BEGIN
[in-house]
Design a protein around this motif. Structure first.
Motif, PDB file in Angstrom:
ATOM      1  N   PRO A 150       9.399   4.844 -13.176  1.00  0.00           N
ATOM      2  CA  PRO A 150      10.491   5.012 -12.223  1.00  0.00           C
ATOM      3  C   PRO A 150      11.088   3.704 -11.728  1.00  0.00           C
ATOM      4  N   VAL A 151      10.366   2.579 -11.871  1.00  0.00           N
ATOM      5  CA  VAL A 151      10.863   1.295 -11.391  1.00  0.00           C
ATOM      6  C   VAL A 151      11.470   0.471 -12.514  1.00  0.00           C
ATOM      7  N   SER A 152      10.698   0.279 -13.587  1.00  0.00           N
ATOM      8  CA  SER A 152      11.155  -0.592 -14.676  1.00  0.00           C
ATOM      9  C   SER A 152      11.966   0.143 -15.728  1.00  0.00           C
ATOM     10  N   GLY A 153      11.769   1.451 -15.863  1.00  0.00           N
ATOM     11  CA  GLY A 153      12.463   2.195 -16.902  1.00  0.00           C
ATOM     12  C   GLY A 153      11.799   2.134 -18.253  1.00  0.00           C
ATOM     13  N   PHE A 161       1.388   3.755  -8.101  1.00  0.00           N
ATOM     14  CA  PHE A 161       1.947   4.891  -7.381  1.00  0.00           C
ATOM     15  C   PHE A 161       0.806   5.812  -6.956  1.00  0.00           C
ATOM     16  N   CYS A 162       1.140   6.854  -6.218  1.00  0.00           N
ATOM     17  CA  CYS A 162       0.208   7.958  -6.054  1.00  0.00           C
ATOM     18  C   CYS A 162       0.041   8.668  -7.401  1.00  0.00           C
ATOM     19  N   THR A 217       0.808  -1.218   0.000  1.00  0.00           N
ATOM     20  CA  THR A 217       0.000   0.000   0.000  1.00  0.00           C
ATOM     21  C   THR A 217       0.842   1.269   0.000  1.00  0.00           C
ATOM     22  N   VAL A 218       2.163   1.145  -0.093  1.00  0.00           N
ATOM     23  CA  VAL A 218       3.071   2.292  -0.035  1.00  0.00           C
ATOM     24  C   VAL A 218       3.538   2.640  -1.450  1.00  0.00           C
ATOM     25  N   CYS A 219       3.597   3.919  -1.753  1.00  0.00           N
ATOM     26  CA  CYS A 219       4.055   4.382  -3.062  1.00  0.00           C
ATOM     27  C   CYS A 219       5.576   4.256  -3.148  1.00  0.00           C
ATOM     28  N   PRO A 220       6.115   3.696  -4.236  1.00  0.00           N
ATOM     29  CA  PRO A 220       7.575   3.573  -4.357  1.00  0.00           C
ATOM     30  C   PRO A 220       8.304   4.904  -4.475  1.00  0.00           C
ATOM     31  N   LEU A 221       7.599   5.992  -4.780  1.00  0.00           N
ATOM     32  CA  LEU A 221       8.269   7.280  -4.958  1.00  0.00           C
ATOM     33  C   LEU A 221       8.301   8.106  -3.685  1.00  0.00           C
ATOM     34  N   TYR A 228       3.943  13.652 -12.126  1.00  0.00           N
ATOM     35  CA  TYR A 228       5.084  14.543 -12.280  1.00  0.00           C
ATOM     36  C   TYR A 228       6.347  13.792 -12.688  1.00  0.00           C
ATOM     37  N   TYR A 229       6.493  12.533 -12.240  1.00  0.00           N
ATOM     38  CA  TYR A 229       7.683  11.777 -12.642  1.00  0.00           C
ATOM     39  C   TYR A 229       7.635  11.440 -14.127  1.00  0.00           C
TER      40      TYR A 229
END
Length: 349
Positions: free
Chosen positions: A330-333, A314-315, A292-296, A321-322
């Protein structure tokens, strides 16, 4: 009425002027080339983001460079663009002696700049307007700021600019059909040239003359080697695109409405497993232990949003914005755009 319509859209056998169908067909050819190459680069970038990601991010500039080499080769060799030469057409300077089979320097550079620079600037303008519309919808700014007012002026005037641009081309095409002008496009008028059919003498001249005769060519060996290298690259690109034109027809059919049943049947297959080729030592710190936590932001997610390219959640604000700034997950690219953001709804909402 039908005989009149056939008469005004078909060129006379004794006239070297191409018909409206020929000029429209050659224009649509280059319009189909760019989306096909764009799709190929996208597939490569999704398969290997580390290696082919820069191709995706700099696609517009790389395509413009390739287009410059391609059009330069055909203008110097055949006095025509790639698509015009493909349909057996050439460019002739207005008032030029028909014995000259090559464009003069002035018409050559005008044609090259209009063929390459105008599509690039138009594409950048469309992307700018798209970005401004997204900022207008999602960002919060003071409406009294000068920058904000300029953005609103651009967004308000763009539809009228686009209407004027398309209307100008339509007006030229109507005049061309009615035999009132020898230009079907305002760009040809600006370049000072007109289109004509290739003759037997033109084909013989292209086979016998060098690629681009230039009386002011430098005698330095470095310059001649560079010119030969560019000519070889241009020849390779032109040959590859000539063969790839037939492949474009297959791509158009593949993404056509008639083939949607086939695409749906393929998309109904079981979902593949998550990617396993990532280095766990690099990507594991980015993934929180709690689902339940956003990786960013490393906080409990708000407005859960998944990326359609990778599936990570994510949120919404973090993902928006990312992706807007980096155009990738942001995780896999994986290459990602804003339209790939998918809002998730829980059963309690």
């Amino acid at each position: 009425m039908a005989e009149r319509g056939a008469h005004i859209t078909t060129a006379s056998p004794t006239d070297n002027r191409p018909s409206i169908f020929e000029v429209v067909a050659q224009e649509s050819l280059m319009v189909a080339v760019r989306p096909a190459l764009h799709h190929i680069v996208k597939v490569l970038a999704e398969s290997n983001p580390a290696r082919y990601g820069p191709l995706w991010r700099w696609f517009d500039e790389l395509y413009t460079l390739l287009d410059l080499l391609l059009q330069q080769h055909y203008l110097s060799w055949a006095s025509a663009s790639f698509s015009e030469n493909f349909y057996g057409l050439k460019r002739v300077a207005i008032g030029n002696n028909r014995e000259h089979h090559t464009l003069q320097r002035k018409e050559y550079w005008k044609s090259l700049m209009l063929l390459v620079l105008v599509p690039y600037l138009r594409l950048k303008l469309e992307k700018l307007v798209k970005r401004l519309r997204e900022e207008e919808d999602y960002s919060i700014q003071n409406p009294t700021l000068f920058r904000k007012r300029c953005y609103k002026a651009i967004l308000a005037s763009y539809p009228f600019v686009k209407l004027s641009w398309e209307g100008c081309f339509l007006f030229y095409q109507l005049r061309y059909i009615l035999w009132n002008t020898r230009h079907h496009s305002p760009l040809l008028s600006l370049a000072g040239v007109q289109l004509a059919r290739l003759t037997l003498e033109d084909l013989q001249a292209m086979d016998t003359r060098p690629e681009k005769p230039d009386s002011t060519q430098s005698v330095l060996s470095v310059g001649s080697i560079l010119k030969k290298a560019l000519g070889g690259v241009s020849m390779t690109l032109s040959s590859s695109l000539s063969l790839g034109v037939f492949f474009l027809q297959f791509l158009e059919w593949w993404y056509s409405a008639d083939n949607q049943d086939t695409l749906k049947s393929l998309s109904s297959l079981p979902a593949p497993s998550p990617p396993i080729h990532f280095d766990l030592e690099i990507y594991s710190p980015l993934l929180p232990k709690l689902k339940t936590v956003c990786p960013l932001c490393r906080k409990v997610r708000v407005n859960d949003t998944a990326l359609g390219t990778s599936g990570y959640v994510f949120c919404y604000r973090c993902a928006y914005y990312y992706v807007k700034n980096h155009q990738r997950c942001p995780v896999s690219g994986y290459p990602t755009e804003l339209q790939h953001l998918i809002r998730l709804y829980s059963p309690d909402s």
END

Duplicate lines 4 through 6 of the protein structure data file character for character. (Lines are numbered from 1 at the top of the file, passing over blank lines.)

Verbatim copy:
ATOM      1  N   PRO A 150       9.399   4.844 -13.176  1.00  0.00           N
ATOM      2  CA  PRO A 150      10.491   5.012 -12.223  1.00  0.00           C
ATOM      3  C   PRO A 150      11.088   3.704 -11.728  1.00  0.00           C